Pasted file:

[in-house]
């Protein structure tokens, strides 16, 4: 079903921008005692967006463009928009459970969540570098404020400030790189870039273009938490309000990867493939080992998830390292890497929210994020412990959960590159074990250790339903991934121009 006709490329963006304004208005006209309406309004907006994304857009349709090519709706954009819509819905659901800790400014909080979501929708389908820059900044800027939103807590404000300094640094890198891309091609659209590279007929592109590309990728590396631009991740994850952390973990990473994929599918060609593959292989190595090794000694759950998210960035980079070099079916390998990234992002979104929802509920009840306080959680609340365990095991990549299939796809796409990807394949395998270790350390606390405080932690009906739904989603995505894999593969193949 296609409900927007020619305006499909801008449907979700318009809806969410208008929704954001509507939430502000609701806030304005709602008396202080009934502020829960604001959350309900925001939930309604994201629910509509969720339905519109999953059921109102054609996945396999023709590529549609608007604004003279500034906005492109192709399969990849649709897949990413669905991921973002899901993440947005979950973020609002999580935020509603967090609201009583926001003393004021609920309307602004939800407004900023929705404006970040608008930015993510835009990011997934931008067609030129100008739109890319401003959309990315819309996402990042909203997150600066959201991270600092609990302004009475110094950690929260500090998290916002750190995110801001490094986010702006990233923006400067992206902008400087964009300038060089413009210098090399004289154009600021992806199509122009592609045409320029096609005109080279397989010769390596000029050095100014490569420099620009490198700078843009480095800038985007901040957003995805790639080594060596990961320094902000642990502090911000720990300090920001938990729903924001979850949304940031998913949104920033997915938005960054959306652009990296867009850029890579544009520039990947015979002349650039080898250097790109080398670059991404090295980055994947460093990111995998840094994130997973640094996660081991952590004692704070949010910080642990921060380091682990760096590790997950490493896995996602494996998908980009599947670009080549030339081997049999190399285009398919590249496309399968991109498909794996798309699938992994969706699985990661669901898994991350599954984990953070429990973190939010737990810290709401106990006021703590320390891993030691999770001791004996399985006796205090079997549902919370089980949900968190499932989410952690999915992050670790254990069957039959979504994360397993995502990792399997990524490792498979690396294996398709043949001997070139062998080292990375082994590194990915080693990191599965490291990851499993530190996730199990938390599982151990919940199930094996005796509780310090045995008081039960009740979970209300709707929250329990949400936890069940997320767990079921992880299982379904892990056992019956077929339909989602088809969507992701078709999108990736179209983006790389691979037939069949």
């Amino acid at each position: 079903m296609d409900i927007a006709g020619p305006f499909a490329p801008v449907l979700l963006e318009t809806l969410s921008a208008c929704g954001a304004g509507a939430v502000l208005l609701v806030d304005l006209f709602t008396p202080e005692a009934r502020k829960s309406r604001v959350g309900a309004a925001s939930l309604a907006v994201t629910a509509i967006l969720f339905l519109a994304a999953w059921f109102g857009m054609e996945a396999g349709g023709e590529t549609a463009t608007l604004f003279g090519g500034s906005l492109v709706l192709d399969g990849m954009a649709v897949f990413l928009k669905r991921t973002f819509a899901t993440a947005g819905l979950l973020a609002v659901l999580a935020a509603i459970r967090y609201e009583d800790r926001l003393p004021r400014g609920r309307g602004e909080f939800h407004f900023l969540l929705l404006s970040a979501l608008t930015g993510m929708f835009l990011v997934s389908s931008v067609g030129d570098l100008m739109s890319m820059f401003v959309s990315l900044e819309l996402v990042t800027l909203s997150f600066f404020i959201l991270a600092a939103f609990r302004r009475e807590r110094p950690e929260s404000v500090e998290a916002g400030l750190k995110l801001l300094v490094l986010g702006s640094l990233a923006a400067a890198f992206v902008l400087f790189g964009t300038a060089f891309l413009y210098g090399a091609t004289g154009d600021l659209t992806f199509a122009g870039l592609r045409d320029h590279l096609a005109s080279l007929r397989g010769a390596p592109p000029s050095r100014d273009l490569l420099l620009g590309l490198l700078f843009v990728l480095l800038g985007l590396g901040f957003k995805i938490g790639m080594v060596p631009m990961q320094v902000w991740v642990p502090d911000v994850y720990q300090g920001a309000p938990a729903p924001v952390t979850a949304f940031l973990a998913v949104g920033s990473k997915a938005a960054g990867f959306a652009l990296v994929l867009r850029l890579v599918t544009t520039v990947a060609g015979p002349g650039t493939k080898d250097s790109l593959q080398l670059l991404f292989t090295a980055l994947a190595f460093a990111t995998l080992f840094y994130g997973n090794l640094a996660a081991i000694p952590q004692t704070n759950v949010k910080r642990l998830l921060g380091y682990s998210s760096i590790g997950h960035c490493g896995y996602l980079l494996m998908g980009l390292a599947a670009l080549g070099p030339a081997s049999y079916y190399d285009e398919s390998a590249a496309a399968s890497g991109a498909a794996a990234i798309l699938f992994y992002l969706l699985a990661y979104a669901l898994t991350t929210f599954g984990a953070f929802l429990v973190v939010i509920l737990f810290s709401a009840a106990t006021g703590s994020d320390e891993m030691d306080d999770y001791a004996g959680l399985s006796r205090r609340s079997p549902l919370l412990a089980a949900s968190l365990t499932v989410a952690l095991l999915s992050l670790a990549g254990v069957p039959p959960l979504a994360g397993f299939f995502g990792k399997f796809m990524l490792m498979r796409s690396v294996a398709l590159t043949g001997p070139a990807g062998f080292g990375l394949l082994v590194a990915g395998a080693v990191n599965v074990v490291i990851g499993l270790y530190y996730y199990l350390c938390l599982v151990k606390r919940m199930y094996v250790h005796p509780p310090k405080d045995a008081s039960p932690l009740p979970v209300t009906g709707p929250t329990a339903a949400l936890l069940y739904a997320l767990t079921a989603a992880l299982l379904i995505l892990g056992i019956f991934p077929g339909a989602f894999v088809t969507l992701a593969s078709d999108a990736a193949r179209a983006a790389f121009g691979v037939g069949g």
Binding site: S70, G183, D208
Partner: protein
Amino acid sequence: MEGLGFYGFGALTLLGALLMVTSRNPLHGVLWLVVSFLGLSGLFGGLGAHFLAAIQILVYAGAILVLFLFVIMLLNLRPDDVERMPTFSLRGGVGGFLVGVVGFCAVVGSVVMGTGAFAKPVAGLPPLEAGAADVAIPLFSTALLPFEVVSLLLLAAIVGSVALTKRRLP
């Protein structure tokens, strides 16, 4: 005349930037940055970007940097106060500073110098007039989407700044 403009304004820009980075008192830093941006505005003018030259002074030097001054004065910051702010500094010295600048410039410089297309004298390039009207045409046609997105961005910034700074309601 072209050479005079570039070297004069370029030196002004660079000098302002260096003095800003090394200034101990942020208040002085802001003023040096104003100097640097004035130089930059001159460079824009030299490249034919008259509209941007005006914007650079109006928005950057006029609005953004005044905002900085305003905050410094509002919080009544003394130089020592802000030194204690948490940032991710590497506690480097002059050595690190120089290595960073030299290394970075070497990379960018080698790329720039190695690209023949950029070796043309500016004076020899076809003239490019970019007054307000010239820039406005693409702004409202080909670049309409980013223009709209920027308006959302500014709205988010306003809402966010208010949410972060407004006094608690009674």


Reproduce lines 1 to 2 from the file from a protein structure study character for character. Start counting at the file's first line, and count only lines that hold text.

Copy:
[in-house]
């Protein structure tokens, strides 16, 4: 079903921008005692967006463009928009459970969540570098404020400030790189870039273009938490309000990867493939080992998830390292890497929210994020412990959960590159074990250790339903991934121009 006709490329963006304004208005006209309406309004907006994304857009349709090519709706954009819509819905659901800790400014909080979501929708389908820059900044800027939103807590404000300094640094890198891309091609659209590279007929592109590309990728590396631009991740994850952390973990990473994929599918060609593959292989190595090794000694759950998210960035980079070099079916390998990234992002979104929802509920009840306080959680609340365990095991990549299939796809796409990807394949395998270790350390606390405080932690009906739904989603995505894999593969193949 296609409900927007020619305006499909801008449907979700318009809806969410208008929704954001509507939430502000609701806030304005709602008396202080009934502020829960604001959350309900925001939930309604994201629910509509969720339905519109999953059921109102054609996945396999023709590529549609608007604004003279500034906005492109192709399969990849649709897949990413669905991921973002899901993440947005979950973020609002999580935020509603967090609201009583926001003393004021609920309307602004939800407004900023929705404006970040608008930015993510835009990011997934931008067609030129100008739109890319401003959309990315819309996402990042909203997150600066959201991270600092609990302004009475110094950690929260500090998290916002750190995110801001490094986010702006990233923006400067992206902008400087964009300038060089413009210098090399004289154009600021992806199509122009592609045409320029096609005109080279397989010769390596000029050095100014490569420099620009490198700078843009480095800038985007901040957003995805790639080594060596990961320094902000642990502090911000720990300090920001938990729903924001979850949304940031998913949104920033997915938005960054959306652009990296867009850029890579544009520039990947015979002349650039080898250097790109080398670059991404090295980055994947460093990111995998840094994130997973640094996660081991952590004692704070949010910080642990921060380091682990760096590790997950490493896995996602494996998908980009599947670009080549030339081997049999190399285009398919590249496309399968991109498909794996798309699938992994969706699985990661669901898994991350599954984990953070429990973190939010737990810290709401106990006021703590320390891993030691999770001791004996399985006796205090079997549902919370089980949900968190499932989410952690999915992050670790254990069957039959979504994360397993995502990792399997990524490792498979690396294996398709043949001997070139062998080292990375082994590194990915080693990191599965490291990851499993530190996730199990938390599982151990919940199930094996005796509780310090045995008081039960009740979970209300709707929250329990949400936890069940997320767990079921992880299982379904892990056992019956077929339909989602088809969507992701078709999108990736179209983006790389691979037939069949």